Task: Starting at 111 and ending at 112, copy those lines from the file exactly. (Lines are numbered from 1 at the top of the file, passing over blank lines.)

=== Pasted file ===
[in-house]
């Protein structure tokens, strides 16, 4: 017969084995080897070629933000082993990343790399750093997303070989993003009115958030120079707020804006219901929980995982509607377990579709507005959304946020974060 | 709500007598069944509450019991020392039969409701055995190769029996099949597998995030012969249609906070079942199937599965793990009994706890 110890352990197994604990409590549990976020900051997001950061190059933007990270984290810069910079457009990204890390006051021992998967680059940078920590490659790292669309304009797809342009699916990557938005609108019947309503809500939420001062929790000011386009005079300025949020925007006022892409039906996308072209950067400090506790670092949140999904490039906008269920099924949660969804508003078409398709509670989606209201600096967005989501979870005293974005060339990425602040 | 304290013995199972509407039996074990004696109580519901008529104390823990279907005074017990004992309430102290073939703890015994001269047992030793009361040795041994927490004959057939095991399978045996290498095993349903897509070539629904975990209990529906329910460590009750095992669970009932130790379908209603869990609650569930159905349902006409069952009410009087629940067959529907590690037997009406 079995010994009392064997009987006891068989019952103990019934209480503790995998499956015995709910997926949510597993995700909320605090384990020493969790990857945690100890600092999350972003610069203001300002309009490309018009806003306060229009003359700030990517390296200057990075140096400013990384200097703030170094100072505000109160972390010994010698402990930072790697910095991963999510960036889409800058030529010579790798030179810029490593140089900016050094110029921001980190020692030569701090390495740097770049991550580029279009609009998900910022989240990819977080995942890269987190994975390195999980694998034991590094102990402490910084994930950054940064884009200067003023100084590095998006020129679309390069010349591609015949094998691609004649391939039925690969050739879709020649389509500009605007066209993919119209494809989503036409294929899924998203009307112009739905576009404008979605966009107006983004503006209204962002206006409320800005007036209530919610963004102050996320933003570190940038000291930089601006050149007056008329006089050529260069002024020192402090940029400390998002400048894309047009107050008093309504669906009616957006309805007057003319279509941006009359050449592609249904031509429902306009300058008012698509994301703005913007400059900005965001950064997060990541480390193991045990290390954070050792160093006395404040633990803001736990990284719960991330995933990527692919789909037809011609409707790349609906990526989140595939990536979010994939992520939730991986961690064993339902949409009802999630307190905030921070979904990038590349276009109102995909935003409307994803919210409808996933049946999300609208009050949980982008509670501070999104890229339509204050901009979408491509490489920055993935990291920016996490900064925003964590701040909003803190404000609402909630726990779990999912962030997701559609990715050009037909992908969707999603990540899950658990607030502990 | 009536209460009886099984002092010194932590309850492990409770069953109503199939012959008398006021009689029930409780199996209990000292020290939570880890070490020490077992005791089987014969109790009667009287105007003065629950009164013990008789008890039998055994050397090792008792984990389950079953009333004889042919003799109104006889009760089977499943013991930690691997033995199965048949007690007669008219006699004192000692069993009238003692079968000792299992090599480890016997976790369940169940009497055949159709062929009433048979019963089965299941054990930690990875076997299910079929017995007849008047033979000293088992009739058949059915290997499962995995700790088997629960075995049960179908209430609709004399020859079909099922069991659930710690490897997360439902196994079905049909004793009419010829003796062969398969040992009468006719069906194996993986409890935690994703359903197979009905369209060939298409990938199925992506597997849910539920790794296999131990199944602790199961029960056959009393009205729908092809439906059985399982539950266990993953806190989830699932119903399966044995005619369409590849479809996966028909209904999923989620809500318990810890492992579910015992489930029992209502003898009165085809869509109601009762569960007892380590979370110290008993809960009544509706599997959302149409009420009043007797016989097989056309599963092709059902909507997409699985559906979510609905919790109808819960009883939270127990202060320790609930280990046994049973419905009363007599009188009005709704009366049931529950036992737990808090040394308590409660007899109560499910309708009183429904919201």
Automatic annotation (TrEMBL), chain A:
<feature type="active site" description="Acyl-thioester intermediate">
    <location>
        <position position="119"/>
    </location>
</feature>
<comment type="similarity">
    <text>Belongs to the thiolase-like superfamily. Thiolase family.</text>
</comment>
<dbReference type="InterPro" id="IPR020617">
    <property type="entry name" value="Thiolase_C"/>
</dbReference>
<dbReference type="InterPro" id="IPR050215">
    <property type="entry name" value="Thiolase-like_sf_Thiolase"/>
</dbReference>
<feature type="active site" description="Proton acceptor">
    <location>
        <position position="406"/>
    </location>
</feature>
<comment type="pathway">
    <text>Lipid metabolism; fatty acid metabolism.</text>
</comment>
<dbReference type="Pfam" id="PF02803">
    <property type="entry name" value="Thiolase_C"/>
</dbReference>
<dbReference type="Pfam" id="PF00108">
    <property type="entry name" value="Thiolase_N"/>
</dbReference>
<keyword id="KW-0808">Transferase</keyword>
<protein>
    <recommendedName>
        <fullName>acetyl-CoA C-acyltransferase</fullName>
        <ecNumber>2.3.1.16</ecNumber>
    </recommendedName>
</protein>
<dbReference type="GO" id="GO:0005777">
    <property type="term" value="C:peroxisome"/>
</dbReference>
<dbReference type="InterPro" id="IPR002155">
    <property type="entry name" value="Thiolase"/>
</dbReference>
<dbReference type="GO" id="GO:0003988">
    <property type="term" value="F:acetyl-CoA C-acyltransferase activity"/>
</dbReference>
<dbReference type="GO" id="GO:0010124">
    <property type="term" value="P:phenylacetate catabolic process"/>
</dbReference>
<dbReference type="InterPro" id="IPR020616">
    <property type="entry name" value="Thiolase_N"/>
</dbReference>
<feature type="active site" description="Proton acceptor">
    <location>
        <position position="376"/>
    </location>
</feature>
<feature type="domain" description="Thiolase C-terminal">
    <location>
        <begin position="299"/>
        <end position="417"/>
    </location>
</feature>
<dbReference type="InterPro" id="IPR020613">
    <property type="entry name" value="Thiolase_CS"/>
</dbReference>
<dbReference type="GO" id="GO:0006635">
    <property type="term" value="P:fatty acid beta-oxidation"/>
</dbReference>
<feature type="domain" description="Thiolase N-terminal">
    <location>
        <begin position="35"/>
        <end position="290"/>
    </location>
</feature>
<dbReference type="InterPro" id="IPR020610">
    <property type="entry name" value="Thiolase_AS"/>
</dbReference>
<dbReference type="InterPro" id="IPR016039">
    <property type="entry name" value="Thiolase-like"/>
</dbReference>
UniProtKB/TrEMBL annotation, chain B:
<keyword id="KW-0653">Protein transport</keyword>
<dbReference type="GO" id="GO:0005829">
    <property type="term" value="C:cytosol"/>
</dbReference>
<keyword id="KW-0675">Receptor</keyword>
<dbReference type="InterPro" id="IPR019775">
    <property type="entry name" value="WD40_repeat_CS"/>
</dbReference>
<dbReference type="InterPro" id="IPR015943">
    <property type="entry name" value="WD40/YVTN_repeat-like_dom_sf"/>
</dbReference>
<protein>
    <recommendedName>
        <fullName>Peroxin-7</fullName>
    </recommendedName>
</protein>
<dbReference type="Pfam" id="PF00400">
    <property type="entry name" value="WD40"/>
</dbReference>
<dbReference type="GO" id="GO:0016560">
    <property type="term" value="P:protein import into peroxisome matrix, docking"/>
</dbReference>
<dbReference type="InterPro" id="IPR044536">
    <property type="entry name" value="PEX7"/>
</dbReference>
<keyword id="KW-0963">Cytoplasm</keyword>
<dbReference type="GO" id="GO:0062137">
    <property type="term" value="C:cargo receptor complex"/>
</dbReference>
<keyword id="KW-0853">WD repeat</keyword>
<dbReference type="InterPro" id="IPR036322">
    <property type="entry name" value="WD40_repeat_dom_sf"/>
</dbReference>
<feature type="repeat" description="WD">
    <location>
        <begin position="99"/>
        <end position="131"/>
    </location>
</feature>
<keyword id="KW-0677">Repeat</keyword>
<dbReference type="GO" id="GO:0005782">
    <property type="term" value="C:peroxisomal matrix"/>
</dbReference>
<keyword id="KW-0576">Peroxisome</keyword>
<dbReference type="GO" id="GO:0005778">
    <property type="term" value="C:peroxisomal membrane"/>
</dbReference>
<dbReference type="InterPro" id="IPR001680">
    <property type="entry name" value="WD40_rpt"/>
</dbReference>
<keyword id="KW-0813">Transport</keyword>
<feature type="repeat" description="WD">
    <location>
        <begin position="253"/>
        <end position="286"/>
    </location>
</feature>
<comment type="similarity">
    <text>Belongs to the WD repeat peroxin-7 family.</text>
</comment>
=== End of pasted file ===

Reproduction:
    <property type="term" value="C:cargo receptor complex"/>
</dbReference>